- The important trivia for the night: Secretary of Energy Ernest Moniz was the Cabinet Secretary chosen not attend the speech but instead spend the night in a secure, secret location to ensure continuity of government in case of catastrophe on the Hill. The odd thing is that last year then Secretary of Energy Steven Chu was the designated Cabinet official. Is the thinking that physicists will do very well as a near dictatorial leader following the elimination of the rest of government? Or are they just more likely to be bored with the speech?
Moreover, we can take the money we save from this transition to tax reform to create jobs rebuilding our roads, upgrading our ports, unclogging our commutes — because in today’s global economy, first- class jobs gravitate to first-class infrastructure. We’ll need Congress to protect more than 3 million jobs by finishing transportation and waterways bills this summer.
Finally, if we’re serious about economic growth, it is time to heed the call of business leaders, labor leaders, faith leaders, law enforcement — and fix our broken immigration system. (Cheers, applause.) Republicans and Democrats in the Senate have acted, and I know that members of both parties in the House want to do the same. Independent economists say immigration reform will grow our economy and shrink our deficits by almost $1 trillion in the next two decades. And for good reason: When people come here to fulfill their dreams — to study, invent, contribute to our culture — they make our country a more attractive place for businesses to locate and create jobs for everybody. So let’s get immigration reform done this year.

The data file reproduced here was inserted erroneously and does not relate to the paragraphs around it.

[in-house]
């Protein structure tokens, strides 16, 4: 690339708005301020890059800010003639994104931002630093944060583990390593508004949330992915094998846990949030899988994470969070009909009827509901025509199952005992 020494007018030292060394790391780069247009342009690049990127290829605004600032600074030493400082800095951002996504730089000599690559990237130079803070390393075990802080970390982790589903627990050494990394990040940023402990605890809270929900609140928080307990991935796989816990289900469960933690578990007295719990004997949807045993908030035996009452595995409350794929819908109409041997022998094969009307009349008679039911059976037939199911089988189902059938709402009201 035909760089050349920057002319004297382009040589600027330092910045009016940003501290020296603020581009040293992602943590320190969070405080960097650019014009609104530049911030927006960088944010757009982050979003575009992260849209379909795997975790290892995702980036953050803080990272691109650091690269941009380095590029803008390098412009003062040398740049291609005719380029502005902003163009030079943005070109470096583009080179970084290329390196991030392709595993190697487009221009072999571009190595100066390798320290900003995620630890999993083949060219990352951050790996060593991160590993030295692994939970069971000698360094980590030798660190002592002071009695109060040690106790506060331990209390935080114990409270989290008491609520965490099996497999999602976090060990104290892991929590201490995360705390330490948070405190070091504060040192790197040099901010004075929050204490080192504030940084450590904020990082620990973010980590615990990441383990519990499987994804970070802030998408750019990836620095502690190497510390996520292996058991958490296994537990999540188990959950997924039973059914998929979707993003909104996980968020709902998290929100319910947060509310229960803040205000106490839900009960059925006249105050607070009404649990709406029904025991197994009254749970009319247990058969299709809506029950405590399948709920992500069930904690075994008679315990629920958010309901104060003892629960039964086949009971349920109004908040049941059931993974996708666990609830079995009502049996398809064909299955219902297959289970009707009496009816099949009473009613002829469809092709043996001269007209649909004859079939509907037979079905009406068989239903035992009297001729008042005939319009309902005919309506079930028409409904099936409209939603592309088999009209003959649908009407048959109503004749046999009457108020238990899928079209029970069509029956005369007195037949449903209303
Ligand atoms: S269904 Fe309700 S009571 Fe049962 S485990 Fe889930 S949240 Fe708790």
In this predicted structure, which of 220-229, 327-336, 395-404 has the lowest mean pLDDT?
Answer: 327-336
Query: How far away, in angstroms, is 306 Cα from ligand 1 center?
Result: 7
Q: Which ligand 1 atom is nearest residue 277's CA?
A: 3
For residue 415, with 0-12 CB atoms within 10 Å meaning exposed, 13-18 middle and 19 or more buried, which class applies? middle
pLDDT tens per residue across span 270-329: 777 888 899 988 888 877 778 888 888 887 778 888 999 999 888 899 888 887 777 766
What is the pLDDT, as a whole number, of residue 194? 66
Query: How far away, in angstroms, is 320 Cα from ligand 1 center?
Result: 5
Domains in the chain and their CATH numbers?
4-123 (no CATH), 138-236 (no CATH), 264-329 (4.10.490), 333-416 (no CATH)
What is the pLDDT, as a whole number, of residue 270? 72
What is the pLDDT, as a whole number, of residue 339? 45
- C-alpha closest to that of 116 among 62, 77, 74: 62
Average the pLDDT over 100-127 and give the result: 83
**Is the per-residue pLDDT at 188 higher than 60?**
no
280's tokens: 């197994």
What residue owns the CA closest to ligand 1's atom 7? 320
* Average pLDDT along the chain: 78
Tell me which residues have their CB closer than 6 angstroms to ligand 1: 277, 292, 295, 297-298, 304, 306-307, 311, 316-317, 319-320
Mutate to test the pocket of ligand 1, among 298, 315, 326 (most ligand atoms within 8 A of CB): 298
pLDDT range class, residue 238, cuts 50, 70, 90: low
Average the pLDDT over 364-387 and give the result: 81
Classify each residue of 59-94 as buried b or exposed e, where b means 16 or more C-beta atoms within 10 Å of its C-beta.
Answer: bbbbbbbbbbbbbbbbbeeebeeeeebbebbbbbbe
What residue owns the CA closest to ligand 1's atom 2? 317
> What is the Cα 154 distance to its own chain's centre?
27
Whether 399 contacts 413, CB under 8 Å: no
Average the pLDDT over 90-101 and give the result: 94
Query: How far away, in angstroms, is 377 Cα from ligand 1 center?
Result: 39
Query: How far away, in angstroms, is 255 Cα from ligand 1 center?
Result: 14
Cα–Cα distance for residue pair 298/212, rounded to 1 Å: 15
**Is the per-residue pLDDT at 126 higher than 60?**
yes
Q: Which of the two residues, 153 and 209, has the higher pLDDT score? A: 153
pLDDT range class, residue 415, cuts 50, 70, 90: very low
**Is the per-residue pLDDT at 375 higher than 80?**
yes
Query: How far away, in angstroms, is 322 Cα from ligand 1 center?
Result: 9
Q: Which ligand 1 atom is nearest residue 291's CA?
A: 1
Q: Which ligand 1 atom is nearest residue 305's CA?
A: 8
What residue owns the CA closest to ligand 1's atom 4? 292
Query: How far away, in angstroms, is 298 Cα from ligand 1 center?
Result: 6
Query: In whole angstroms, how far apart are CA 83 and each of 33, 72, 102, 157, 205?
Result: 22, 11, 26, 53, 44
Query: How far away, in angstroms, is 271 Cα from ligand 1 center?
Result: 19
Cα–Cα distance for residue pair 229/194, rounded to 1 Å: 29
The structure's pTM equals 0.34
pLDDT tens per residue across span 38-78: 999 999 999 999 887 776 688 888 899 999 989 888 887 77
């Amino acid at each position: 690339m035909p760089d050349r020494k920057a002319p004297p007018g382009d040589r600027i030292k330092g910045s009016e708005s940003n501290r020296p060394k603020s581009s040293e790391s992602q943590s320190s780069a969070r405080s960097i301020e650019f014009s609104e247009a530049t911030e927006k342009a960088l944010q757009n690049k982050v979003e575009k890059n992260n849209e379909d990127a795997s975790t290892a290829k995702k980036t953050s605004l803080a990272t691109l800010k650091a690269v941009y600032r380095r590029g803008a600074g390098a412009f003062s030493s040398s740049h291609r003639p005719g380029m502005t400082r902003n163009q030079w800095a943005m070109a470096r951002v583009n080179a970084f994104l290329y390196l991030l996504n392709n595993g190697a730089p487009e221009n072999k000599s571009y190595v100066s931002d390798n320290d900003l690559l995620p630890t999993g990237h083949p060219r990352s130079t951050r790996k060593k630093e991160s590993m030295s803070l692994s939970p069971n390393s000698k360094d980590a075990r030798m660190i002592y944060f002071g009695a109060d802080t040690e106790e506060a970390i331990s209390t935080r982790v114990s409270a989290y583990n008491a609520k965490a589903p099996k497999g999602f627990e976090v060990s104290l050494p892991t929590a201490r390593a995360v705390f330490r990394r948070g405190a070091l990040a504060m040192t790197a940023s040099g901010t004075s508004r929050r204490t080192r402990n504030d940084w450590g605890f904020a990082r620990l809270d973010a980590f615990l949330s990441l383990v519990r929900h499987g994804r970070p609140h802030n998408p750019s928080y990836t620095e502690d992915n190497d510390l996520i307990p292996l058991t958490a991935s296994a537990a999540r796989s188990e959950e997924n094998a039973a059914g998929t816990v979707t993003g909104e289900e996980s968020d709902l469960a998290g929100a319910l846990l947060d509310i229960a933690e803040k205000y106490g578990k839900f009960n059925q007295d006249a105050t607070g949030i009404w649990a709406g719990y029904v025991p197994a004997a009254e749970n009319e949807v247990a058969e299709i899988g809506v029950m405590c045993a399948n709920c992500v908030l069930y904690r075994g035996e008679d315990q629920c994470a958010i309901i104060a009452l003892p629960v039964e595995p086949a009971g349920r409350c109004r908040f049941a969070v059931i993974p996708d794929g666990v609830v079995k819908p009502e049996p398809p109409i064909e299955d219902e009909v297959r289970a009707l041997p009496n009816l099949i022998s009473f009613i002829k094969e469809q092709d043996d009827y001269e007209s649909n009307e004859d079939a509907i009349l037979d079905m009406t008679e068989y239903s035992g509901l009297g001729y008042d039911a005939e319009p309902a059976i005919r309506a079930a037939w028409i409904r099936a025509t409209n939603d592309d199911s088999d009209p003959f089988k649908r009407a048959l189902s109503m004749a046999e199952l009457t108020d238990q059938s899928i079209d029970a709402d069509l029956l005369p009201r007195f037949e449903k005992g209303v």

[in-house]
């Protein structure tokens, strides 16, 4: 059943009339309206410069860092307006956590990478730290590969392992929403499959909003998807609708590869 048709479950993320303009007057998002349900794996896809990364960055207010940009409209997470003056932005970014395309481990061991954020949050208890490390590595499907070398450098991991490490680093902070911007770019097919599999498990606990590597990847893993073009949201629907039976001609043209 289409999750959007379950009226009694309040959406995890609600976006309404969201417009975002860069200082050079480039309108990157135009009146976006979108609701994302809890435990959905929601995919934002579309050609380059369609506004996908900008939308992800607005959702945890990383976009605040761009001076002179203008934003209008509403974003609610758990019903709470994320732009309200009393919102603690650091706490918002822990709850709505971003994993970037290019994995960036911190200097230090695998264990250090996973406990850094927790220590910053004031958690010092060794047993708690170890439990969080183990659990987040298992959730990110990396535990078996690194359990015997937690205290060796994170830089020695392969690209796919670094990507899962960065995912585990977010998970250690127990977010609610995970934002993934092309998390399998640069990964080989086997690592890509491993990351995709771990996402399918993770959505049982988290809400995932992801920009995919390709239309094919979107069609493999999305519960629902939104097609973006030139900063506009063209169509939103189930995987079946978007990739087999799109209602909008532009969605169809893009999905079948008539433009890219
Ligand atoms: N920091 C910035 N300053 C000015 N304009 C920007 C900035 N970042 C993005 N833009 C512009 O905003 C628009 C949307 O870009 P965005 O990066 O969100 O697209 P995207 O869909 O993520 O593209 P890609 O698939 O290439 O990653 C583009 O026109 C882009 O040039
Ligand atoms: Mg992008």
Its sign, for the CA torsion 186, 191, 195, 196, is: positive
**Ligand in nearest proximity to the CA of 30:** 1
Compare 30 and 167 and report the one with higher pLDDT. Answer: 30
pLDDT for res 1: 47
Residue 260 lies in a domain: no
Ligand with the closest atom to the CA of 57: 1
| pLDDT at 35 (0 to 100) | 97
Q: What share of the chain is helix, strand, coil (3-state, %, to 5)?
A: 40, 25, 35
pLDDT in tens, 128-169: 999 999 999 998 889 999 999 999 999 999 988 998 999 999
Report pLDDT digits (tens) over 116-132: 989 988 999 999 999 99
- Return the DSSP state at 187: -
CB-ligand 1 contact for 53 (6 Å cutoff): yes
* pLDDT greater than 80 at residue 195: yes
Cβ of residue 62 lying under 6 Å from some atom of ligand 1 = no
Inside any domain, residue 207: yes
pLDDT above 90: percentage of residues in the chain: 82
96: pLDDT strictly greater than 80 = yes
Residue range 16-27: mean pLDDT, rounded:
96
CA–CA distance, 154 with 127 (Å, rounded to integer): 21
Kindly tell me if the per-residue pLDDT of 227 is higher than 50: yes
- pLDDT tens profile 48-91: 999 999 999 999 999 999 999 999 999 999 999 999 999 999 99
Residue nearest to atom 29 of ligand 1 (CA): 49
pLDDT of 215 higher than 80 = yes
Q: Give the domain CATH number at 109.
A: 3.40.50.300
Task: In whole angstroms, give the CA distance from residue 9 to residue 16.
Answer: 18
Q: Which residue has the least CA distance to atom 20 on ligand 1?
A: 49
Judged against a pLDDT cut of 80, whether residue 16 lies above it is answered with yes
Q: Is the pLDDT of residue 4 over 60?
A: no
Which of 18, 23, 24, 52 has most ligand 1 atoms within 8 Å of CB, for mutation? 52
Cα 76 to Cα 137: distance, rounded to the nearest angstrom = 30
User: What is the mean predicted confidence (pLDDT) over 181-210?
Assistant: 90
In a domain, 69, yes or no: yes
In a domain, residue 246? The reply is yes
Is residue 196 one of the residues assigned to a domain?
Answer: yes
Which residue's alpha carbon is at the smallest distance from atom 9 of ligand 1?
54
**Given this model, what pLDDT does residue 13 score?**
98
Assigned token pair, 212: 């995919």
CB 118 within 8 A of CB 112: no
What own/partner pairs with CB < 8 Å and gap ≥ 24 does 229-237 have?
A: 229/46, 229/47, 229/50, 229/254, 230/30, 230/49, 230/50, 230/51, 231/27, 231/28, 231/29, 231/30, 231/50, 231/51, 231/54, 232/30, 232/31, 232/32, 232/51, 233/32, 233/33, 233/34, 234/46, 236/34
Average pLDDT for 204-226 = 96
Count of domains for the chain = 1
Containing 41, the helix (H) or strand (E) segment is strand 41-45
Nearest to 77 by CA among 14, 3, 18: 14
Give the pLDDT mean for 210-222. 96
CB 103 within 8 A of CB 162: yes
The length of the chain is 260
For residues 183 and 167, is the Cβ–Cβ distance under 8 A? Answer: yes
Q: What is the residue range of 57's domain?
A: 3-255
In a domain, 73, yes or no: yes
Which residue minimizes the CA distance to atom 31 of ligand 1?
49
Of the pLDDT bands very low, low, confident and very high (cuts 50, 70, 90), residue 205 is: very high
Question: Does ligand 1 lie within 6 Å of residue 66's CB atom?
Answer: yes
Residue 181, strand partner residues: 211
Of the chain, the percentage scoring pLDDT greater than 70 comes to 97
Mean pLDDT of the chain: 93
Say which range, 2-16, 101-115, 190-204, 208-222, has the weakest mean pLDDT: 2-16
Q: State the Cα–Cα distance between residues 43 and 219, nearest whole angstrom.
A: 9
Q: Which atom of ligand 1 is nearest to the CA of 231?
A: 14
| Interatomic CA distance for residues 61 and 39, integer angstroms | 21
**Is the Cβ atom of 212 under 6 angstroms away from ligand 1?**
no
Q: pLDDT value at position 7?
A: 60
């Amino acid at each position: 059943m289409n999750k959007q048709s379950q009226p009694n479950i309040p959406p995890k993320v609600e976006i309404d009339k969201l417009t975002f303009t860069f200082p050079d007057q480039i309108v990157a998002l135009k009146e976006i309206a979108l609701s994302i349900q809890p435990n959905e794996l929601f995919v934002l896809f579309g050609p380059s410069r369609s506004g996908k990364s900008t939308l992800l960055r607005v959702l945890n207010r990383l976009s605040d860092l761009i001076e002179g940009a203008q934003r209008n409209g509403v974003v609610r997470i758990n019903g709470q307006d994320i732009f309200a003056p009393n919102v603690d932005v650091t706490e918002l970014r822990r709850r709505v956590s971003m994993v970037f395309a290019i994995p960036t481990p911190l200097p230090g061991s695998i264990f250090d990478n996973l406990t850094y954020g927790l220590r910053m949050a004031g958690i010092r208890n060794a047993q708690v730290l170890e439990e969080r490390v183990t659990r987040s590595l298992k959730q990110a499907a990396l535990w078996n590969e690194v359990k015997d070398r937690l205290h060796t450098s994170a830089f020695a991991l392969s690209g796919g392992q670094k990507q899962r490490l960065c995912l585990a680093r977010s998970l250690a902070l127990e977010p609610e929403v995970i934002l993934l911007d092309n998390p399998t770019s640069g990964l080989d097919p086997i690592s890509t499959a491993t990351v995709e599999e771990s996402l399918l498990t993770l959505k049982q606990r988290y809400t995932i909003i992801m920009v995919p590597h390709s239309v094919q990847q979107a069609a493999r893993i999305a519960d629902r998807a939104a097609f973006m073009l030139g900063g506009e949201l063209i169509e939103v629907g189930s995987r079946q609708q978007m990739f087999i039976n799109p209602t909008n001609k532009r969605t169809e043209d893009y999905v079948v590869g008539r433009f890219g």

Citizenship means standing up for the lives that gun violence steals from us each day. I have seen the courage of parents, students, pastors, and police officers all over this country who say “we are not afraid,” and I intend to keep trying, with or without Congress, to help stop more tragedies from visiting innocent Americans in our movie theaters and our shopping malls, or schools like Sandy Hook.
If the Afghan government signs a security agreement that we have negotiated, a small force of Americans could remain in Afghanistan with NATO allies to carry out two narrow missions: training and assisting Afghan forces and counterterrorism operations to pursue any remnants of al-Qaida. For while our relationship with Afghanistan will change, one thing will not: our resolve that terrorists do not launch attacks against our country.